Because they do not list this source, it is difficult to assess the validity of this statement, but given our experience on this issue and the way the report was able to provide specific numbers of species per location, it is safe to assume that the report is referring to petfinder.com a valuable source to adopt pets from animal rescue organizations, the BCSPCA and municipal shelters.

Again, the report is misleading in that it compares the retail sale of pets with a Internet database that connects rescued pets to potential families. Further, it attempts to diminish the reality of 30 dogs and 20 cats that have come from mills and other shady sources, sitting in glasses cages with no stimulation or human interaction, day after day.

2. The second point acknowledges that there are no standards for breeders, at provincial, national, and international levels, but then goes on to say “pet stores can be held accountable for their actions by provincial cruelty legislation and local bylaw regulation”. What this point fails to acknowledge, is that these very pet stores that can be regulated have acquired their pets from unreputable breeders who more often than not, carry out inhumane breeding practices. Additionally, as mentioned above, our antiquated animal cruelty laws do not provide adequate protection and therefore, there is little that authorities can do to protect animals bred for profit.

3. The third point identifies pet stores as “an open and accessible option for people looking for a pet and can provide information and advice not only at the point of sale, but also once a pet is at home”. While being “open and accessible” is an important part of promoting pet guardianship, when pets are sold as commodities, the opportunities for impulse purchases are greatly increased. Also, staff in pet stores, are trained as retail staff, they are not animal welfare professionals and are not in a position to give out accurate information and formative advice in caring for pets sold. This is, in fact, one of the biggest complaints we hear from small animal and reptile rescue professionals. Consumers are provided with inadequate and/or inaccurate information to care for their new pet and are not fully prepared for what is required. These pets are often abandoned or surrendered.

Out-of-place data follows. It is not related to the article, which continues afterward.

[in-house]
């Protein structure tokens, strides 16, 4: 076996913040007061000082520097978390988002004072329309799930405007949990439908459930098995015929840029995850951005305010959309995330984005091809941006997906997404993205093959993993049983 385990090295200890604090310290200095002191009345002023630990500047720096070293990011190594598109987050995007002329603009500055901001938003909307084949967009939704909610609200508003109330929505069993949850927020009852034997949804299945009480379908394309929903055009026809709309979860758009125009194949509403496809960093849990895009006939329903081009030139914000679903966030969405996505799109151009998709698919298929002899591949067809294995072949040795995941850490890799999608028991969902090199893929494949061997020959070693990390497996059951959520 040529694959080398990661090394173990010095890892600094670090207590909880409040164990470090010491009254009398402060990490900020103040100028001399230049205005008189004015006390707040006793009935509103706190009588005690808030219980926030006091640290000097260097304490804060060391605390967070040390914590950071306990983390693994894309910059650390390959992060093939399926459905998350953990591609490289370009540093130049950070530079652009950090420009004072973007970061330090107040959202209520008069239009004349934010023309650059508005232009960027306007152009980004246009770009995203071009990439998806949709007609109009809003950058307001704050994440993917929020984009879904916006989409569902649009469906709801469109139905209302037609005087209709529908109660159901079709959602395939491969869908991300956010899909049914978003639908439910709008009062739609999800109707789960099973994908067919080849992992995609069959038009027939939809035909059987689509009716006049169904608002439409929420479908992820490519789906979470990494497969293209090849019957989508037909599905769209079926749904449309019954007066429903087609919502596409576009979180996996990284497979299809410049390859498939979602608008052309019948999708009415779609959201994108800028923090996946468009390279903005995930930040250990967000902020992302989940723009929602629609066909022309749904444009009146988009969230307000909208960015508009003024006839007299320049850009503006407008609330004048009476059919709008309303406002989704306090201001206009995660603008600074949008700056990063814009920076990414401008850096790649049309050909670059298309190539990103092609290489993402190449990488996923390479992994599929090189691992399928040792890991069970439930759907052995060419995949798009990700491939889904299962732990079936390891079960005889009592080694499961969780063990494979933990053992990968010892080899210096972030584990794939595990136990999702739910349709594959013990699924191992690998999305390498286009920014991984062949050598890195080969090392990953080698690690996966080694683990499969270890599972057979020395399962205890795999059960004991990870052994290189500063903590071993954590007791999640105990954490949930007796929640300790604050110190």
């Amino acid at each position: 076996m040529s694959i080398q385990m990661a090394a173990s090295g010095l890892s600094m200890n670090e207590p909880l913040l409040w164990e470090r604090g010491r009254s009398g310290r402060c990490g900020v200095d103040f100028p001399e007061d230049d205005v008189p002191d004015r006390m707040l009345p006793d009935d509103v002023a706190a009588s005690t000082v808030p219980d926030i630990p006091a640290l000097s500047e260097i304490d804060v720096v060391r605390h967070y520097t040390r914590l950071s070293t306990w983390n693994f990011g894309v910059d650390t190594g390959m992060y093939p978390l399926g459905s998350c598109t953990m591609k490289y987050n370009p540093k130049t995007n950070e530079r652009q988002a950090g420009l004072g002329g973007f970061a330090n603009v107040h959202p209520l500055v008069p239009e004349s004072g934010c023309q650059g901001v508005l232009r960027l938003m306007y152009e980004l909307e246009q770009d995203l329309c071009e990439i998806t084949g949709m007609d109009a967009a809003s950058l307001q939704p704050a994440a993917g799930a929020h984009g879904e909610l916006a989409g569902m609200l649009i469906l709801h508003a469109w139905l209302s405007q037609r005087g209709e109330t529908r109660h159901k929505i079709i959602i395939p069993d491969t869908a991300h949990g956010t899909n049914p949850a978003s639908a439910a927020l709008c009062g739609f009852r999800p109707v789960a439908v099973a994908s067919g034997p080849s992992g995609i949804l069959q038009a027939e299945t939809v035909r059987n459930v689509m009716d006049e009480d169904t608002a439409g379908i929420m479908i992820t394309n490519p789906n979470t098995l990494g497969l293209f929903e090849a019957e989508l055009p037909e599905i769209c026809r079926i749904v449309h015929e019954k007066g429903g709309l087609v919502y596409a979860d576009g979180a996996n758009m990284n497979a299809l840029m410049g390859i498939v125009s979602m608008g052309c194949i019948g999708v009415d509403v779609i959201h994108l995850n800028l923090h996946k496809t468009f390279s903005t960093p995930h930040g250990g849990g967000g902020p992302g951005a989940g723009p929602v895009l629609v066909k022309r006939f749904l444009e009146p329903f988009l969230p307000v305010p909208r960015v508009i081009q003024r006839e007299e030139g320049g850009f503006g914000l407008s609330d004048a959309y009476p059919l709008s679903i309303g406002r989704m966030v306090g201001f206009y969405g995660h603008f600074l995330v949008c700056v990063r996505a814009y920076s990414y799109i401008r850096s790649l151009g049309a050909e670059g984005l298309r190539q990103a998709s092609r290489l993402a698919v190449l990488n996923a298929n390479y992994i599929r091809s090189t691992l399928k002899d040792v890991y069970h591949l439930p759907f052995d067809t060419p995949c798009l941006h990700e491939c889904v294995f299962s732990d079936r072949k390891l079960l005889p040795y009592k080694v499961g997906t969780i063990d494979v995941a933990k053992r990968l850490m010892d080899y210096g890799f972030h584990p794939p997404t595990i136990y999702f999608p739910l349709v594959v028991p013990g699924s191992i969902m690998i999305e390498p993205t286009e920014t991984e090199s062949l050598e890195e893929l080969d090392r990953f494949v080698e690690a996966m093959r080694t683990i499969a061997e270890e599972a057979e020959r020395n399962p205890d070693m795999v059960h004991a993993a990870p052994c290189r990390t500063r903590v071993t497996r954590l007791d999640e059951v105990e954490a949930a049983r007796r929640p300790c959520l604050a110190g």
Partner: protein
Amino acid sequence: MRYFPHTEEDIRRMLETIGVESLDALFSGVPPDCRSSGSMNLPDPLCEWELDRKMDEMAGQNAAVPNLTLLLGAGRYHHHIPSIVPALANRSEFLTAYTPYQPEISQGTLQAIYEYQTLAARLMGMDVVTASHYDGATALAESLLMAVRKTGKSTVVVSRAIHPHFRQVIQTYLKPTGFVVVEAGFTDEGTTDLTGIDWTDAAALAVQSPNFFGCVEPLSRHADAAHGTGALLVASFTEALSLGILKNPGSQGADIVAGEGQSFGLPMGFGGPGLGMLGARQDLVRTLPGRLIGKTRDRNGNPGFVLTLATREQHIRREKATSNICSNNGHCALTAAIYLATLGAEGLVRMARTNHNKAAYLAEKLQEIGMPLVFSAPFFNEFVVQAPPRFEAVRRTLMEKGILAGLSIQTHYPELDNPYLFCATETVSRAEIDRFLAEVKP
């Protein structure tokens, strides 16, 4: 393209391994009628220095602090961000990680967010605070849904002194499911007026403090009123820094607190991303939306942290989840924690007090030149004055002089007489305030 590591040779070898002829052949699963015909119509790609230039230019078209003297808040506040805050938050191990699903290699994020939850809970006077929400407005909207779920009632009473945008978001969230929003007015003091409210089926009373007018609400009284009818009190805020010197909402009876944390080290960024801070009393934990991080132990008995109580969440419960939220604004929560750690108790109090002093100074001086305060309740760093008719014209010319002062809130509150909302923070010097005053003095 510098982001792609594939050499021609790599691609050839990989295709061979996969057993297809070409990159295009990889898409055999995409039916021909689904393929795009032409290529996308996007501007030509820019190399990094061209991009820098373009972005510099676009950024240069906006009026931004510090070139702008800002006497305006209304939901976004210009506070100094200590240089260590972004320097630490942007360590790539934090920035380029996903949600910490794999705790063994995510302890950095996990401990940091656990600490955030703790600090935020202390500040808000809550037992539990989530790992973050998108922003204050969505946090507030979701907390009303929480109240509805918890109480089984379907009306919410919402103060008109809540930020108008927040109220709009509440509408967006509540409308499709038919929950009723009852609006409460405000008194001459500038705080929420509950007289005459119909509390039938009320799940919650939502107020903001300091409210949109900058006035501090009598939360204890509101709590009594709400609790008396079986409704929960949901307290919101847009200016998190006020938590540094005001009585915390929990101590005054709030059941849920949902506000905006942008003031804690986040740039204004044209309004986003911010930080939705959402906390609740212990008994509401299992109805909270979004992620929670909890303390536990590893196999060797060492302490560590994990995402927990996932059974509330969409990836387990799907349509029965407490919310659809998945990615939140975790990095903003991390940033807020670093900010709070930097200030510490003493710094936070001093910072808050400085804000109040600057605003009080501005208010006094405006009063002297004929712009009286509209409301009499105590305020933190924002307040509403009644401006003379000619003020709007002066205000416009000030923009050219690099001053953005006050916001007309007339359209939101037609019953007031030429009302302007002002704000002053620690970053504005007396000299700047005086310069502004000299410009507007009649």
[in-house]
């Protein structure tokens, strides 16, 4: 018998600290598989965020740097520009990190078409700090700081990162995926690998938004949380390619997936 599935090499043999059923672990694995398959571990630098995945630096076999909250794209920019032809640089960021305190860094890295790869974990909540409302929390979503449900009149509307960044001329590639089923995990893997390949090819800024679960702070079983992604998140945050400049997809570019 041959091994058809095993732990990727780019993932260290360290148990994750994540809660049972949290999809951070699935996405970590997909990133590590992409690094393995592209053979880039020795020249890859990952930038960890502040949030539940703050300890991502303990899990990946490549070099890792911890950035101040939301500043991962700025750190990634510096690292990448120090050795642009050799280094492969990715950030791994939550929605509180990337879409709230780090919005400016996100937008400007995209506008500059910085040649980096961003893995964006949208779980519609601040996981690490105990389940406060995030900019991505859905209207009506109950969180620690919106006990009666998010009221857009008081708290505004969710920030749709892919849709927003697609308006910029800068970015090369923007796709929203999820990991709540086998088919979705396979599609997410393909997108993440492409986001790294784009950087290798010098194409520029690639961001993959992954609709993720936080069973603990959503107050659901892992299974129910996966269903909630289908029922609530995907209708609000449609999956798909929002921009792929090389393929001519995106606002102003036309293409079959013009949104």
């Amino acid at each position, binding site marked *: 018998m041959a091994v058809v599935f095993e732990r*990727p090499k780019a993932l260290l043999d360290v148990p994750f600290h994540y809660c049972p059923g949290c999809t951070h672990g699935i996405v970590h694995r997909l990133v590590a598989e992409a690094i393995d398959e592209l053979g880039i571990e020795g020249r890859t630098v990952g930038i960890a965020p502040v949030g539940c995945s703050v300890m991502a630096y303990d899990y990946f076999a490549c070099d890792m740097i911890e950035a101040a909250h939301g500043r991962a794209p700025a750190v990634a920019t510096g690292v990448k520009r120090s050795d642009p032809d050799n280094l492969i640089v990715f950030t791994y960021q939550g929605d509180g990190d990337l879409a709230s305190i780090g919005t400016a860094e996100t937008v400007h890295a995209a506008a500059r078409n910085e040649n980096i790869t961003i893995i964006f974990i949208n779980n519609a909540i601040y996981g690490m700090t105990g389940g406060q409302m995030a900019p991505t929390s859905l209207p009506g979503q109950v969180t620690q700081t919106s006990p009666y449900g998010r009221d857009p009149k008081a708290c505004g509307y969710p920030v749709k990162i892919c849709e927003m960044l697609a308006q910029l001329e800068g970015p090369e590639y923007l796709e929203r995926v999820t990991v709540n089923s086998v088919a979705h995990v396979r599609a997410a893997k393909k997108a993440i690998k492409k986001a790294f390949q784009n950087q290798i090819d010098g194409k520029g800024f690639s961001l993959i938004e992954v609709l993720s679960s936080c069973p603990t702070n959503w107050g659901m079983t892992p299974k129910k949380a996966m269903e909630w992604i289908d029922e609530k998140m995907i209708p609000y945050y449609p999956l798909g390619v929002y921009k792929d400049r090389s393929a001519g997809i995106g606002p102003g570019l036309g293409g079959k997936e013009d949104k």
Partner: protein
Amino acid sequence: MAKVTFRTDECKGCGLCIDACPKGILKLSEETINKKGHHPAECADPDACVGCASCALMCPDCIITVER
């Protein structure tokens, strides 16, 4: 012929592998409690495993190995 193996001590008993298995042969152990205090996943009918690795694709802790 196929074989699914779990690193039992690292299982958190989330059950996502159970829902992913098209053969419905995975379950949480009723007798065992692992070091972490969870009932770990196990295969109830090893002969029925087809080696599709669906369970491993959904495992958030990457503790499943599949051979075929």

4. The goal of the fourth point is to prevent rabbit overpopulation, however, as I noted in my presentation, Burnaby doesn’t actually have a rabbit overpopulation problem because abandoned rabbits are eaten by coyotes. So while other municipalities do have a visible rabbit problem, Burnaby does not. In fact, recently volunteers with Small Animal Rescue Society were devastated when a local man was using his dog to hunt rabbits that had been dumped at a local park. While a bylaw to require rabbits to be spay or neutered before sale may help to alleviate rabbit overpopulation in our neighbouring municipalities who do not have a coyote problem, it does nothing to respond to the impulse purchase and subsequent abandonment of this family pet.

If Burnaby was genuine in wanting to address an overpopulation problem, they would, at the very least, ban the sale of cats. The feral and free roaming cat population is, without a doubt, a serious problem. In my report, I provided a list of all the locations where Vancouver Orphan Kitten Association alone trapped over 150 cats in 2011. That is what overpopulation looks like.